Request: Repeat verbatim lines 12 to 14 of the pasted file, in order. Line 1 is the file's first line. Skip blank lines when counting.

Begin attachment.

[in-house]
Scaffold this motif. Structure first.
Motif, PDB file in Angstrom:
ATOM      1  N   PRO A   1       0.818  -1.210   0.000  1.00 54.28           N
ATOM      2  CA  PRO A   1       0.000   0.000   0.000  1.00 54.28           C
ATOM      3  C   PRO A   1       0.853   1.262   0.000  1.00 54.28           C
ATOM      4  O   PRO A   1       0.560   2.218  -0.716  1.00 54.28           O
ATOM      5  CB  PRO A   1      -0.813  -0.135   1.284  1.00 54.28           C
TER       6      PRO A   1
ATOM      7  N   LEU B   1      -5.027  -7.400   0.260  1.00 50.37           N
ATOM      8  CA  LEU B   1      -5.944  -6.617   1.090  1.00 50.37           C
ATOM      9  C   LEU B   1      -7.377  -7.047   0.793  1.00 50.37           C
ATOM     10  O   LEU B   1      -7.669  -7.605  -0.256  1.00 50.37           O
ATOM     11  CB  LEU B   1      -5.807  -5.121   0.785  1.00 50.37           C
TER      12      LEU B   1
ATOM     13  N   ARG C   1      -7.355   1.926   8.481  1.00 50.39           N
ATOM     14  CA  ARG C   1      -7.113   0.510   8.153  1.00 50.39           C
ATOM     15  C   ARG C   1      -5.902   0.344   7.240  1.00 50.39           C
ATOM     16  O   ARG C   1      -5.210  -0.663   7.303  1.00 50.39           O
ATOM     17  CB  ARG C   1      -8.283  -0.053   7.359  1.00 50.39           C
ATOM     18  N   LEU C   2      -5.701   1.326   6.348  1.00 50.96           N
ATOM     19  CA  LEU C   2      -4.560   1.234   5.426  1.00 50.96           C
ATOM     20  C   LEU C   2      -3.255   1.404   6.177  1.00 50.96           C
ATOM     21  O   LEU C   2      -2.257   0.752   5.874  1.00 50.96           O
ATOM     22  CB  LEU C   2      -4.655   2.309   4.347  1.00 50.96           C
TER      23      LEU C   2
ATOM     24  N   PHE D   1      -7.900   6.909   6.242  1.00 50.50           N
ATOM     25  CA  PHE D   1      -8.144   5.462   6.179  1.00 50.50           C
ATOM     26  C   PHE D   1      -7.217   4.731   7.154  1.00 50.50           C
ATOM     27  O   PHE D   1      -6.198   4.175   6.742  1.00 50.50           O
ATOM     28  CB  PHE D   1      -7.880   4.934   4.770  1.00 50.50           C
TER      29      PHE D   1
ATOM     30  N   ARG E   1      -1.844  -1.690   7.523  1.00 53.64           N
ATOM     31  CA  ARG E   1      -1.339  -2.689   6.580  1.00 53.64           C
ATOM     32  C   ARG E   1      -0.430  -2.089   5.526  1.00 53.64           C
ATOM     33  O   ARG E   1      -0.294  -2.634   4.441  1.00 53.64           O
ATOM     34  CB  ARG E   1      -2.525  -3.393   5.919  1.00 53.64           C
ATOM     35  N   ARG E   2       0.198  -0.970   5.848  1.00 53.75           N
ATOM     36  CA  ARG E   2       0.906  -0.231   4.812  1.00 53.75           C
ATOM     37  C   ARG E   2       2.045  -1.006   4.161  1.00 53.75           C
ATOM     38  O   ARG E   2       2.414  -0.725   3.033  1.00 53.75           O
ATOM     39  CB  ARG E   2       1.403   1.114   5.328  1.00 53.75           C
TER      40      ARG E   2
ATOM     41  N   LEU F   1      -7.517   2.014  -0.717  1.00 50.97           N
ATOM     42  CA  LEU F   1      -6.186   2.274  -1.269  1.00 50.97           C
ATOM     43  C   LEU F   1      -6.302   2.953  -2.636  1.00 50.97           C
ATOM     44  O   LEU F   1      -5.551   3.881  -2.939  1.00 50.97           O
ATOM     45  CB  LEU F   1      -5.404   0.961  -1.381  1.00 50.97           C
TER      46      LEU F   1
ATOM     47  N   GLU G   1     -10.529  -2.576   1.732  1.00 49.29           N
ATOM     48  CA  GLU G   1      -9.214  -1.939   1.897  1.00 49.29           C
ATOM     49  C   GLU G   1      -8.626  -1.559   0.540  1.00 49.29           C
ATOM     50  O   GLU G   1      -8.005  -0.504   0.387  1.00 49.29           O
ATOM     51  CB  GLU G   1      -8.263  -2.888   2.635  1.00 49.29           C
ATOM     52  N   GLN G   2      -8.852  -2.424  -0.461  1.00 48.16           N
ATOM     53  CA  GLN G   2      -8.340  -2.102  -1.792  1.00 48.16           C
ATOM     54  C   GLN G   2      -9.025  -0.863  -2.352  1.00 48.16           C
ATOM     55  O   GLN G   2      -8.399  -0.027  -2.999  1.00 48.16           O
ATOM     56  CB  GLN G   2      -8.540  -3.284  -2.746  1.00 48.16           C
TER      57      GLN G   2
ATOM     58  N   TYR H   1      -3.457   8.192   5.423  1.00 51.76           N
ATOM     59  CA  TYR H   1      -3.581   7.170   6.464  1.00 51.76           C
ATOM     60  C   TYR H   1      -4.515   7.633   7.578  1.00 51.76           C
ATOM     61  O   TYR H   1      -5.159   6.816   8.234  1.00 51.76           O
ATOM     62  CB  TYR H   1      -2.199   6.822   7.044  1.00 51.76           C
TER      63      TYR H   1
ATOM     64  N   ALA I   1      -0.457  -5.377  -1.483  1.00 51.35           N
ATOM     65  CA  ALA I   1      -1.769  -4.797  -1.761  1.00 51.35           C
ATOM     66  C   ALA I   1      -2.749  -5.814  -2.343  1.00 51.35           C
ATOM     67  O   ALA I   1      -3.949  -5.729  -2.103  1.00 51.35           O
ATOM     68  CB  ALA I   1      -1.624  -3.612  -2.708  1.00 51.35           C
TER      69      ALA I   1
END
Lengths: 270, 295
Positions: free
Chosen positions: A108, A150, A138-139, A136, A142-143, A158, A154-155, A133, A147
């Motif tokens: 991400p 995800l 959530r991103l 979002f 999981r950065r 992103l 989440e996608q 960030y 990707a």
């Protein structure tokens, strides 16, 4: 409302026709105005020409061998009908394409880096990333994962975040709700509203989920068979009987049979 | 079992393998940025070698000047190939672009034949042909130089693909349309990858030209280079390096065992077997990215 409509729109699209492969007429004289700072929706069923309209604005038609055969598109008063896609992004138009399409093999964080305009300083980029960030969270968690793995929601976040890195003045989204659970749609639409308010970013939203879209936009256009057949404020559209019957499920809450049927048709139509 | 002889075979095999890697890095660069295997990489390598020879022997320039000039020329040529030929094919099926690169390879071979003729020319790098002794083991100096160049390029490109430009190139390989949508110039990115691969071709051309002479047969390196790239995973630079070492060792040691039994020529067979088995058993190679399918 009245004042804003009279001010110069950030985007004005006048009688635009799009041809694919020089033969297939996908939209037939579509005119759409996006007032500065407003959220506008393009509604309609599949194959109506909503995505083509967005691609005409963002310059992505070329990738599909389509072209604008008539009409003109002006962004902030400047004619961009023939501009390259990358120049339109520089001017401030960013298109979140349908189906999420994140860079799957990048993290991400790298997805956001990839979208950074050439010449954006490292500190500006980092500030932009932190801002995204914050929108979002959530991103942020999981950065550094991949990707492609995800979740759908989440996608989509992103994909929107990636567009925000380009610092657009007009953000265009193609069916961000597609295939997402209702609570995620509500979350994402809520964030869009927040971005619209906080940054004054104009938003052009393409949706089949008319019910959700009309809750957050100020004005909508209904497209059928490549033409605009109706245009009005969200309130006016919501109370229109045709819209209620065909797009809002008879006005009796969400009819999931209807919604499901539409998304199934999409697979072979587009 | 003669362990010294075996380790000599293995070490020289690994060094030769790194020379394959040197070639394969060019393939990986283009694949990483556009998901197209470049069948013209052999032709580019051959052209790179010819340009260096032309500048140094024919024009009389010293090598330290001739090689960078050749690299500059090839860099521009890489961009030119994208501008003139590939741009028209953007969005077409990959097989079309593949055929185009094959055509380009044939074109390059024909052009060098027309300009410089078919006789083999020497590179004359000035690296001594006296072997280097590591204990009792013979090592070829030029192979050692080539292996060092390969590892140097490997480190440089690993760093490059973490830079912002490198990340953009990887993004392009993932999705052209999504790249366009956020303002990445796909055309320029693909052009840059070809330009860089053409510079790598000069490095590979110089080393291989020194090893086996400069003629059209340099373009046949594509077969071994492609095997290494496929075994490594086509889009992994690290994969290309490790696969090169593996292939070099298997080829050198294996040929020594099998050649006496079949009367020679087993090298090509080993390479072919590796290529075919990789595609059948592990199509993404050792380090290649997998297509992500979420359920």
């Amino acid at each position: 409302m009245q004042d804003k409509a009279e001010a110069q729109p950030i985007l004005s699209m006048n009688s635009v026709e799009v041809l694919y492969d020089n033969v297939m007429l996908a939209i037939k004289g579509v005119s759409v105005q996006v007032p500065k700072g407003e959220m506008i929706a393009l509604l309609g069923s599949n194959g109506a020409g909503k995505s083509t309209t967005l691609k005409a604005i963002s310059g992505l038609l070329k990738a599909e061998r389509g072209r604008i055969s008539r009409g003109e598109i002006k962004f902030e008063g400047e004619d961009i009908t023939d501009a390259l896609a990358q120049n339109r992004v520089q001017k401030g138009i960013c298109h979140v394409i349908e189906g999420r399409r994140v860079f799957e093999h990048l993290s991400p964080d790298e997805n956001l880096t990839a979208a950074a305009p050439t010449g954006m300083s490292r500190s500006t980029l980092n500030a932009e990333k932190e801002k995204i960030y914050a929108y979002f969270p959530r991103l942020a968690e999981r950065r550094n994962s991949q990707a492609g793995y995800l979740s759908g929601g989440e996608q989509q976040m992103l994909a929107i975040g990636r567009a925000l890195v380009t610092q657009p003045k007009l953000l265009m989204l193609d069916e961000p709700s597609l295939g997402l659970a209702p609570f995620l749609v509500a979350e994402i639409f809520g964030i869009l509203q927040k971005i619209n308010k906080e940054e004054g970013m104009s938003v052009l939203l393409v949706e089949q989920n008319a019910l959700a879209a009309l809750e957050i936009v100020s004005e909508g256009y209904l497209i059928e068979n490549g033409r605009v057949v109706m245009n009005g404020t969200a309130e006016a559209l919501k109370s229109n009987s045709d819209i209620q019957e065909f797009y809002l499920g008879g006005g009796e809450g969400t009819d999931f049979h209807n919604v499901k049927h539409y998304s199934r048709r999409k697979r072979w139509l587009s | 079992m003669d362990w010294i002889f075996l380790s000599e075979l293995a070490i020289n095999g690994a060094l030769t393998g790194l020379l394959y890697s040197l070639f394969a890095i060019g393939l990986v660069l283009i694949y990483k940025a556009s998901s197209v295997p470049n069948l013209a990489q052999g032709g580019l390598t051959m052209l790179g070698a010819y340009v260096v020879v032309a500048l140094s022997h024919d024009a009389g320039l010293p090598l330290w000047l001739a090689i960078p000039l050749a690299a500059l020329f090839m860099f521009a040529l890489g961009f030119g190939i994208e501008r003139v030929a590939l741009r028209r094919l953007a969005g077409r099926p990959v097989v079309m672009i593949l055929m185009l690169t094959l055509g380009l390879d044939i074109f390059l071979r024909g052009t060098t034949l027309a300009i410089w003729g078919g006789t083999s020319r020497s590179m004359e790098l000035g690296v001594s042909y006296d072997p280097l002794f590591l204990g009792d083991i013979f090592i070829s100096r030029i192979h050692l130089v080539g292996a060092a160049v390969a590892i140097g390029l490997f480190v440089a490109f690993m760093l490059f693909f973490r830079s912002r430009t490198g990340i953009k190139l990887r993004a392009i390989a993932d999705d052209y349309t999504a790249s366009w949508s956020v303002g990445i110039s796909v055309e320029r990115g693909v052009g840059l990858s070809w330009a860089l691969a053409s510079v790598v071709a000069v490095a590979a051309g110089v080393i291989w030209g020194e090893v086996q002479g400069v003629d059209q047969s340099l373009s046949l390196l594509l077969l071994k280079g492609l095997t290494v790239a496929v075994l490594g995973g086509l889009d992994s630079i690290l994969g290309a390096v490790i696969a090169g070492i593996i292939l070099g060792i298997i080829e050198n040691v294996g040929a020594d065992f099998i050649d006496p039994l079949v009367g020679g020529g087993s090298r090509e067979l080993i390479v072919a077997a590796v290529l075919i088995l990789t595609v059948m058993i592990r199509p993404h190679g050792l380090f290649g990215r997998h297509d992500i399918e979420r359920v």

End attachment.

ATOM      9  C   LEU B   1      -7.377  -7.047   0.793  1.00 50.37           C
ATOM     10  O   LEU B   1      -7.669  -7.605  -0.256  1.00 50.37           O
ATOM     11  CB  LEU B   1      -5.807  -5.121   0.785  1.00 50.37           C